The process of making a choice involves weighing the potential risks and rewards of a particular course of action. In depression, a person tends to pay more attention to the possible negative consequences of any decision made, which may cause a person to be unable to choose anything. They may not understand the value or benefits of a given option.

In addition, decision-making involves confidence in your ability to appropriately weigh the pros and cons. This also means accepting the fact that you cannot fully know the outcome of your choice. Depression can deprive a person of self-reliance and self-confidence, and this is part of making the simplest choice.

Depression without sadness

Depression can occur without the emotional experience of sadness. One contribution to this may be that in some cultures, sadness is considered a weakness, so someone may subconsciously suppress it.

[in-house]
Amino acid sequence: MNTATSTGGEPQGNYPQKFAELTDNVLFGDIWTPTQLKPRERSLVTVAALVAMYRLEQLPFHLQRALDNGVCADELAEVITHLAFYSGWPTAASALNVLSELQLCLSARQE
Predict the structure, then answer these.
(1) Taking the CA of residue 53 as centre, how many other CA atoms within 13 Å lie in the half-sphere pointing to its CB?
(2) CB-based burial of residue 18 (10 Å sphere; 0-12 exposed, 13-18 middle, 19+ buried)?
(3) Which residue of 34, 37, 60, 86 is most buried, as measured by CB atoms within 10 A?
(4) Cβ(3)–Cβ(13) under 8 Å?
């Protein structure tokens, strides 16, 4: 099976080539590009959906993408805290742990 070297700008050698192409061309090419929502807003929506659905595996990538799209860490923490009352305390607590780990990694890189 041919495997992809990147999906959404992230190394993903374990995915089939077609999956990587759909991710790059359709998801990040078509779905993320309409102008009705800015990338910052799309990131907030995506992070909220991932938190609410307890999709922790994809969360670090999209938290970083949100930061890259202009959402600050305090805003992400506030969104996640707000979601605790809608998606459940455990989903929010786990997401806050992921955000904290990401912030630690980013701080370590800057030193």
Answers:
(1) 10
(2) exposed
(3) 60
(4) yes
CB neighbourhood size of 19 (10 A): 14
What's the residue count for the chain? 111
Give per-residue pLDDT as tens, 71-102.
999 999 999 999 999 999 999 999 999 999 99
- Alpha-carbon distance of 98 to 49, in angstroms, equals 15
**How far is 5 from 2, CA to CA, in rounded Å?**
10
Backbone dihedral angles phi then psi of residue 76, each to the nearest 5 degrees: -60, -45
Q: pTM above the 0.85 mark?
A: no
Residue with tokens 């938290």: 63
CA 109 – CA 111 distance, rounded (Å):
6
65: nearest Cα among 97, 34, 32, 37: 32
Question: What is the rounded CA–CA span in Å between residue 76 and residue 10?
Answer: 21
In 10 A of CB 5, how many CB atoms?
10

Believe it or not, you may not realize that you are sad. This may be especially true if you grew up in a family where your feelings have not been verified.

A good example is the children who grow up in such a family and they are told to “finish the meal” even if you are full. These people are more likely to struggle with overeating because they may be confused about whether they are full. When you were a child, the adults in your life were always right. They told you that you were not full. This confusion can be transformed into emotions of not being recognized or accepted. If you were told to “stop crying” as a child, you might agree with this.